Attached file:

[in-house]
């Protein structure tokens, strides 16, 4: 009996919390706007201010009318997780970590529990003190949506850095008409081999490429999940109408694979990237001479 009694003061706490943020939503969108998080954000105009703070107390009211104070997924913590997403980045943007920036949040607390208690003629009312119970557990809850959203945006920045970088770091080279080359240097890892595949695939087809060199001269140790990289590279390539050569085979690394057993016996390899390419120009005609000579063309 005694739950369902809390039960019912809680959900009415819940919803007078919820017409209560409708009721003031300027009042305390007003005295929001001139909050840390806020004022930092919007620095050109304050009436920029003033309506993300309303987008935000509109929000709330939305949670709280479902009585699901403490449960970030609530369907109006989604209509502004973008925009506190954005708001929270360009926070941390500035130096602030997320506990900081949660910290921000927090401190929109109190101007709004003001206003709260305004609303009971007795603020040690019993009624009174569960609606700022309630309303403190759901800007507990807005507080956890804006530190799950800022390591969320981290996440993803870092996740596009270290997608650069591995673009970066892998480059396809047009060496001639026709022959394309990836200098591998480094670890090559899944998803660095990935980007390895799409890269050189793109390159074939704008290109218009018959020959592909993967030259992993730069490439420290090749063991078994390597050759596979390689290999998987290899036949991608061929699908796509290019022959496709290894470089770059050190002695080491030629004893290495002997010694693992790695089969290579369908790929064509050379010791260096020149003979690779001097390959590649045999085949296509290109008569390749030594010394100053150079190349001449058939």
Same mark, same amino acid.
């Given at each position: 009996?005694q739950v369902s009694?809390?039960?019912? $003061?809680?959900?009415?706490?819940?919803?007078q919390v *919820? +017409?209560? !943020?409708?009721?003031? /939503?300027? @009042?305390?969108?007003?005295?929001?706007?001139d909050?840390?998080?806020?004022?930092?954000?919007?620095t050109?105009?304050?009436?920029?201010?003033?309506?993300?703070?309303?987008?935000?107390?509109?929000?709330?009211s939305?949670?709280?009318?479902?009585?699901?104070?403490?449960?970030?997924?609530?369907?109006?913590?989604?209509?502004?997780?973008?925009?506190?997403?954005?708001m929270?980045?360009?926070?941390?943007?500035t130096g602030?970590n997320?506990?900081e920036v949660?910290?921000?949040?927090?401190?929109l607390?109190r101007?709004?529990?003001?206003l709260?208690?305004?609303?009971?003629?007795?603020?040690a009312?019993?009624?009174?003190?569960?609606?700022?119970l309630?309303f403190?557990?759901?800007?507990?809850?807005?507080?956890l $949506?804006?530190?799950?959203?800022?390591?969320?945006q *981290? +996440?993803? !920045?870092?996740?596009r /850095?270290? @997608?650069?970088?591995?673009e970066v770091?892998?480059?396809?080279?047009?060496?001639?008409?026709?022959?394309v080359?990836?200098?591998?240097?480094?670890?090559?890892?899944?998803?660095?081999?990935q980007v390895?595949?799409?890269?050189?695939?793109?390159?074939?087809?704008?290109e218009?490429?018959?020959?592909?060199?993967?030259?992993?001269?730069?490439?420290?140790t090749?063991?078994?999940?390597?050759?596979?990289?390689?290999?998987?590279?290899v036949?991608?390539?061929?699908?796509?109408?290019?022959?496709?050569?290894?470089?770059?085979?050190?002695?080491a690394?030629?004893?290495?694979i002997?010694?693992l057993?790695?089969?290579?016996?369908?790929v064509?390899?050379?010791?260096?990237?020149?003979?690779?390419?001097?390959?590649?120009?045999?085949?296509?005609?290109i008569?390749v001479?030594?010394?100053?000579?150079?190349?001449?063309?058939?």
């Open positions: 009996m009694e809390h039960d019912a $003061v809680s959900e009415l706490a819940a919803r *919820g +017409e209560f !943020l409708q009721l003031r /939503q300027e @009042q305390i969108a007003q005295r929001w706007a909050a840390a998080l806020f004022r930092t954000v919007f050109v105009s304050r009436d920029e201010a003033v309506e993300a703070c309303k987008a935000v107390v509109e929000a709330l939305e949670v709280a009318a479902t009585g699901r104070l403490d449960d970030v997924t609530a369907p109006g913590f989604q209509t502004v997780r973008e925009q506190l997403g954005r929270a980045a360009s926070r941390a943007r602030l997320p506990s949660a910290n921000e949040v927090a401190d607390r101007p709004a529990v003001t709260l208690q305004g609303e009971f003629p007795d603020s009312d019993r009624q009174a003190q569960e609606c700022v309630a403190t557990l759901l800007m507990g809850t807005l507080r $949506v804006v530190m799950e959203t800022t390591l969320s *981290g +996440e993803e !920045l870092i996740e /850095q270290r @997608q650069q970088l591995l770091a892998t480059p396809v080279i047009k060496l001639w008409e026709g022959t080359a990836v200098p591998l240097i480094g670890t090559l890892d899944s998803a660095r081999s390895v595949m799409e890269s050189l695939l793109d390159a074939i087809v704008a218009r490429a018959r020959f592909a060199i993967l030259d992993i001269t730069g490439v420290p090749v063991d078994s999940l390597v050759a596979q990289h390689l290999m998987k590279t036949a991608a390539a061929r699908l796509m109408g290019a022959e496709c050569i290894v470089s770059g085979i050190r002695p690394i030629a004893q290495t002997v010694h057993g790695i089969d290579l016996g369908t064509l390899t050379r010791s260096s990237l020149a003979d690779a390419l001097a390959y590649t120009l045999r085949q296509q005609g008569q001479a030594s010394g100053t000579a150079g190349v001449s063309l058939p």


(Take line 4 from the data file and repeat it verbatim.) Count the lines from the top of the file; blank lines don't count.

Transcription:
């Given at each position: 009996?005694q739950v369902s009694?809390?039960?019912? $003061?809680?959900?009415?706490?819940?919803?007078q919390v *919820? +017409?209560? !943020?409708?009721?003031? /939503?300027? @009042?305390?969108?007003?005295?929001?706007?001139d909050?840390?998080?806020?004022?930092?954000?919007?620095t050109?105009?304050?009436?920029?201010?003033?309506?993300?703070?309303?987008?935000?107390?509109?929000?709330?009211s939305?949670?709280?009318?479902?009585?699901?104070?403490?449960?970030?997924?609530?369907?109006?913590?989604?209509?502004?997780?973008?925009?506190?997403?954005?708001m929270?980045?360009?926070?941390?943007?500035t130096g602030?970590n997320?506990?900081e920036v949660?910290?921000?949040?927090?401190?929109l607390?109190r101007?709004?529990?003001?206003l709260?208690?305004?609303?009971?003629?007795?603020?040690a009312?019993?009624?009174?003190?569960?609606?700022?119970l309630?309303f403190?557990?759901?800007?507990?809850?807005?507080?956890l $949506?804006?530190?799950?959203?800022?390591?969320?945006q *981290? +996440?993803? !920045?870092?996740?596009r /850095?270290? @997608?650069?970088?591995?673009e970066v770091?892998?480059?396809?080279?047009?060496?001639?008409?026709?022959?394309v080359?990836?200098?591998?240097?480094?670890?090559?890892?899944?998803?660095?081999?990935q980007v390895?595949?799409?890269?050189?695939?793109?390159?074939?087809?704008?290109e218009?490429?018959?020959?592909?060199?993967?030259?992993?001269?730069?490439?420290?140790t090749?063991?078994?999940?390597?050759?596979?990289?390689?290999?998987?590279?290899v036949?991608?390539?061929?699908?796509?109408?290019?022959?496709?050569?290894?470089?770059?085979?050190?002695?080491a690394?030629?004893?290495?694979i002997?010694?693992l057993?790695?089969?290579?016996?369908?790929v064509?390899?050379?010791?260096?990237?020149?003979?690779?390419?001097?390959?590649?120009?045999?085949?296509?005609?290109i008569?390749v001479?030594?010394?100053?000579?150079?190349?001449?063309?058939?």